Being an enzyme
In the nomenclature of biochemical reactions, the items involved in a reaction can be described as substrates and enzymes based on what part they play in the reaction. Using these labels in different combinations to describe people, opportunities, and their interactions can sometimes result in insights about the best course of action
Generally, substrates are the molecules that actually react together in a chemical reaction to make something happen. Some reactions can be sped up when an enzyme helps it. Enzymes can be described as third-party molecules that don’t themselves react or change in the reaction, but serve as a “worker” that grabs the substrates and smashes them together to cause the reaction. Sometimes a specific enzyme is necessary for the reaction to start at all. One example of a enzyme would be ATP synthase, which is called that because it combines the substrates of adenosine diphosphate (ADP) and another phosphate molecule to make the famous ATP (the “product” of the reaction)
Without substrates, there’s no reaction to happen. But sometimes, increasing the amount of substrate won’t cause more reactions, because the enzymes have their hands full already. You can only increase the rate of reactions happening by adding more enzymes
These descriptions of enzymes vs substrates can be used in a couple flexible ways to describe how humans interact with the world and with each other.
If opportunities in the world were substrates, and the humans combining them as enzymes, what do you need to be a good enzyme?
Given identical substrates, what if some people are effective enzymes while others people wouldn’t be able to make anything happen? Only boring people get bored…
Who might be better at procuring a larger selection of substrates to react together? These people are the ones who are always up to something new and interesting. You learn something new each time you talk to them.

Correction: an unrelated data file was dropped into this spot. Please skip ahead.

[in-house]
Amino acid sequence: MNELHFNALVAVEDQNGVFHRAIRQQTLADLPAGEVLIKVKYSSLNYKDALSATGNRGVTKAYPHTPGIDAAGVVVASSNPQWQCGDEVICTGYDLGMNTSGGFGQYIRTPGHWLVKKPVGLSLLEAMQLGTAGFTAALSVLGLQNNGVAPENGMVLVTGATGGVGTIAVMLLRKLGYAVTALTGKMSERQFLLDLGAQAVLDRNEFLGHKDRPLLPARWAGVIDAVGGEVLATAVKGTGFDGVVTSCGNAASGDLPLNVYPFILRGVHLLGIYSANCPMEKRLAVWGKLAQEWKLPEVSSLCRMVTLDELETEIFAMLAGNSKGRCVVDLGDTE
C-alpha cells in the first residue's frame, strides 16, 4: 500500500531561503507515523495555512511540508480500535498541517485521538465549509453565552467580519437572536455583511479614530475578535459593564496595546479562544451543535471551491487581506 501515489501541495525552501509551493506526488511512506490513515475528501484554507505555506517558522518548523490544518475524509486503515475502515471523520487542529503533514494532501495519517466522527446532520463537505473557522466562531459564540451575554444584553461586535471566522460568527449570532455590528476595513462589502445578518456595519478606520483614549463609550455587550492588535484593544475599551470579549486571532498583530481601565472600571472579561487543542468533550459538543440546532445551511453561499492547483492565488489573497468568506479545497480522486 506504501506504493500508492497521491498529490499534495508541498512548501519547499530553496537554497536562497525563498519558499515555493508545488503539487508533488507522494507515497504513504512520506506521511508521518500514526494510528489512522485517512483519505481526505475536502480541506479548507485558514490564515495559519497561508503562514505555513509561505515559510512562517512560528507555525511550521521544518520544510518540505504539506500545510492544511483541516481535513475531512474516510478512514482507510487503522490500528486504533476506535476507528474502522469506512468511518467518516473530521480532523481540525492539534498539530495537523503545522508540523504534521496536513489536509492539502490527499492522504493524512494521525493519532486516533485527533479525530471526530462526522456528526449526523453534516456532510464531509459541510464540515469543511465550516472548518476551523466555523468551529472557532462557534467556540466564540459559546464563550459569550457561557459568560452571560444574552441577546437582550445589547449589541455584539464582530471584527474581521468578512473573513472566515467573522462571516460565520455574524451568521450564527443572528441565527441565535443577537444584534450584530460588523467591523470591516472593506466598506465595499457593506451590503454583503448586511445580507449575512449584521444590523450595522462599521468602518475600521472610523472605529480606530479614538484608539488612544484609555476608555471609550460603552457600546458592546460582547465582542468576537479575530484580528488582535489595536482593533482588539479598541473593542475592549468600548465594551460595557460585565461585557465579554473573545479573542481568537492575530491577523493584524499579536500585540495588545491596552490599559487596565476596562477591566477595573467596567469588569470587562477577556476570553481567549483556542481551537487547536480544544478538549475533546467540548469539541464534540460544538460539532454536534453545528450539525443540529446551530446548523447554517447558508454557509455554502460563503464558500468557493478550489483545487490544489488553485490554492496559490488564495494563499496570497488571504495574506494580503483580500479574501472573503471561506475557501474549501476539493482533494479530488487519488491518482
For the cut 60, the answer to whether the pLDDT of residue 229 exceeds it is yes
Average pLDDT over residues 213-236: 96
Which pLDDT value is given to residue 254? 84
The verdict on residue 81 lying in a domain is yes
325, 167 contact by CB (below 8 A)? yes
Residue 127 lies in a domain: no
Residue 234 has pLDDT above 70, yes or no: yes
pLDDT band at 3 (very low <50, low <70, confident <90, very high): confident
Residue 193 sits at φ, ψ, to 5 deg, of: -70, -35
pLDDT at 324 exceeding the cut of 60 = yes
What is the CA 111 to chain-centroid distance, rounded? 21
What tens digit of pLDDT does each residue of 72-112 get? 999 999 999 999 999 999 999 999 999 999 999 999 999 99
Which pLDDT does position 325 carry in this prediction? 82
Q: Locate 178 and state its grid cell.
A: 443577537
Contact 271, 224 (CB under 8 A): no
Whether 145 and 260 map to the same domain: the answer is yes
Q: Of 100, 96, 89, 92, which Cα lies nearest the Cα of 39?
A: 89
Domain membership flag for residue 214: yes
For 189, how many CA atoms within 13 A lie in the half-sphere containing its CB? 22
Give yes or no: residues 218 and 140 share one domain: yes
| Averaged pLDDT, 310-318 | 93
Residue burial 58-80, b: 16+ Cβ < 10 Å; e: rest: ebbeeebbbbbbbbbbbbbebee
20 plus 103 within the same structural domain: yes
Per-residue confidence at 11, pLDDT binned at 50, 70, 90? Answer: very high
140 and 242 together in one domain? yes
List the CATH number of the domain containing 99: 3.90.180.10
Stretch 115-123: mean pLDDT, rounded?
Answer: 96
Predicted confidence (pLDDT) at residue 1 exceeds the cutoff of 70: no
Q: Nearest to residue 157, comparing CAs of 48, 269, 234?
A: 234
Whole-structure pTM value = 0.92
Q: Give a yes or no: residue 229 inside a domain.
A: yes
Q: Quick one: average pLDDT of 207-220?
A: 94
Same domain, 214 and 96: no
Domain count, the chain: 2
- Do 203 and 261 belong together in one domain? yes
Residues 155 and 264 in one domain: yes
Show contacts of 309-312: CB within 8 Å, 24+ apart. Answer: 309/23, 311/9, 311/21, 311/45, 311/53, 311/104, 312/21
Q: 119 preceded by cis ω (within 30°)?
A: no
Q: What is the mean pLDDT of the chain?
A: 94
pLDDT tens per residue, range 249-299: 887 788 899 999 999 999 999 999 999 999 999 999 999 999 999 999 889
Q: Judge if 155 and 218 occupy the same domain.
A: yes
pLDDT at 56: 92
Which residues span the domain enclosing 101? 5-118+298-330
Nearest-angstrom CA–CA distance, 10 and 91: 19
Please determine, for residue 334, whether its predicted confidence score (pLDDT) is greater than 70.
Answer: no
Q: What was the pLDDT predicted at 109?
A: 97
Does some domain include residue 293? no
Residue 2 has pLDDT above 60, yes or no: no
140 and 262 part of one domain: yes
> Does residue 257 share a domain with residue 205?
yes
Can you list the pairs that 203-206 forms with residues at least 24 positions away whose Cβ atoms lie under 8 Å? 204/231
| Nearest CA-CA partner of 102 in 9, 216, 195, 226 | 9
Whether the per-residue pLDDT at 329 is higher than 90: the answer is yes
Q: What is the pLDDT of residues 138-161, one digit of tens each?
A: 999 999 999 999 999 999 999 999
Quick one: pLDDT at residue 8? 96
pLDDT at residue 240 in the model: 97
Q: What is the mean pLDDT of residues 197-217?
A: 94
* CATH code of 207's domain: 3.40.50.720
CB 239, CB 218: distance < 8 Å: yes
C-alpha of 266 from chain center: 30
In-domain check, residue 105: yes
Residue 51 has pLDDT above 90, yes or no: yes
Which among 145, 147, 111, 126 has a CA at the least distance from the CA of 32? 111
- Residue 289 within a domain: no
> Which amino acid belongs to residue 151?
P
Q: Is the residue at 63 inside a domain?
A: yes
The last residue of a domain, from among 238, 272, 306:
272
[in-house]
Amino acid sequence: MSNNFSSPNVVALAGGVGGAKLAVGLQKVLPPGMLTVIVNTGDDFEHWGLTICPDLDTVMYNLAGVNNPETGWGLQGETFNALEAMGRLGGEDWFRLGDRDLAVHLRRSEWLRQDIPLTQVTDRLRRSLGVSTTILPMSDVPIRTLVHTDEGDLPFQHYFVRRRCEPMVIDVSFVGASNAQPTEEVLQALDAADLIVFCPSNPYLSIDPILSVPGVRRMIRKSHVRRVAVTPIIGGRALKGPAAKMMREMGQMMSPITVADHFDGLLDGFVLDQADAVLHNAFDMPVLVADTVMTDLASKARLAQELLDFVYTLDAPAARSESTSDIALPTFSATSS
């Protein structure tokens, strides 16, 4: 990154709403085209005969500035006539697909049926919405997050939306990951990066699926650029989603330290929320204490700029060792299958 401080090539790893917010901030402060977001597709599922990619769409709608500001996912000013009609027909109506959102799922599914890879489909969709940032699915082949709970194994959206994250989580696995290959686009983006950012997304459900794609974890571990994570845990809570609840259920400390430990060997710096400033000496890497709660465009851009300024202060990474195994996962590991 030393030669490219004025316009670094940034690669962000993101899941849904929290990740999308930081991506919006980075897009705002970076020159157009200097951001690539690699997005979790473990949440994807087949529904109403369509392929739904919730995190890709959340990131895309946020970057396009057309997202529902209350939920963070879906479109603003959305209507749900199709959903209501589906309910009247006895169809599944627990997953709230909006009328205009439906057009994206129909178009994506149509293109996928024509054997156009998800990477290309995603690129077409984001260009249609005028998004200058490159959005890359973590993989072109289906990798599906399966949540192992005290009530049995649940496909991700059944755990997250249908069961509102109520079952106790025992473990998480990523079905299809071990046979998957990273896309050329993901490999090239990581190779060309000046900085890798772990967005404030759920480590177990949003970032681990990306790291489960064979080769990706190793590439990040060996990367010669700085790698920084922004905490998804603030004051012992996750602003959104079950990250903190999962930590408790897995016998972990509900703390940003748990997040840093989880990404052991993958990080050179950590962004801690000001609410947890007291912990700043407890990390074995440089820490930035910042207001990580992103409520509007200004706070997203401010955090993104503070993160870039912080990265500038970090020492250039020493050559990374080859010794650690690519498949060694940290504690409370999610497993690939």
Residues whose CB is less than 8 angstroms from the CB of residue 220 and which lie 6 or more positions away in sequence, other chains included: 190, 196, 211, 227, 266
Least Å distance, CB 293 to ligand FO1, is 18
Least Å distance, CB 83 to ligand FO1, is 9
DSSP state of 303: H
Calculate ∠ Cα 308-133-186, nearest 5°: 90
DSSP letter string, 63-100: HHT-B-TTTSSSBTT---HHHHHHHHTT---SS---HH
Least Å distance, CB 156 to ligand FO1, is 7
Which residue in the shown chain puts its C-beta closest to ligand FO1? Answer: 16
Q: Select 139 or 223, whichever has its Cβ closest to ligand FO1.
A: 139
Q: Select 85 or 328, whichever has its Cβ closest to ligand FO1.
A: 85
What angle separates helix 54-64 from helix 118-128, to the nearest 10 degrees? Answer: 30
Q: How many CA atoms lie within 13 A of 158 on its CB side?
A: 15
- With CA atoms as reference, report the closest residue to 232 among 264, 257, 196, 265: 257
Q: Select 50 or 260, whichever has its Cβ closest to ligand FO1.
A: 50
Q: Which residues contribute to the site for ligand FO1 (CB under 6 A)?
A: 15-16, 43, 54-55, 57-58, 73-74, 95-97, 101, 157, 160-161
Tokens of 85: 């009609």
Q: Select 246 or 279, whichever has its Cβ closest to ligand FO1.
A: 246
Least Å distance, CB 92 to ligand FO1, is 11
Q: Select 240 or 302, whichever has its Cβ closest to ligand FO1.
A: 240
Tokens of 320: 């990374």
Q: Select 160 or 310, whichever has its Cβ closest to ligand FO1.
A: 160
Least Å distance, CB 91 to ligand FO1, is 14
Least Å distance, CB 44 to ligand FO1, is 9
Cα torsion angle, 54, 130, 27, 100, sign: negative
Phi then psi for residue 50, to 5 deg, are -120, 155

When a group of people get together as substrates (perhaps a team at work, or friends hanging out), who/what is actually a enzyme but is overlooked as one?
What situation needs more substrate instead of enzymes? How could you make that happen?
When you’re considering new opportunities, might it serve as a enzyme for your life, or just more substrate? Do you need more substrate?
What enzyme isn’t the right one for you?
Have you tried out some substrate that didn’t react for you before, but perhaps you hadn’t evolved to be the right enzyme at the time?
What enzymes do you want to keep away from your substrates?
If you’re struggling to make some reaction happen, how might you introduce a enzyme?
If you, the enzyme, are not able to organize the chemical reaction of getting from A -> C, how might you break up the larger substrates into smaller substrates? Then you could perform chemical reactions of A -> B -> C, being an effective enzyme for each step.
Consider who and what you surround yourself with. Where are you a enzyme or a substrate? Would you like to change any part of that?
High agency is one of my favorite personality traits in people. In situations where most people think they are substrates, you could describe people with high agency as the ones who never saw themselves as anything but enzymes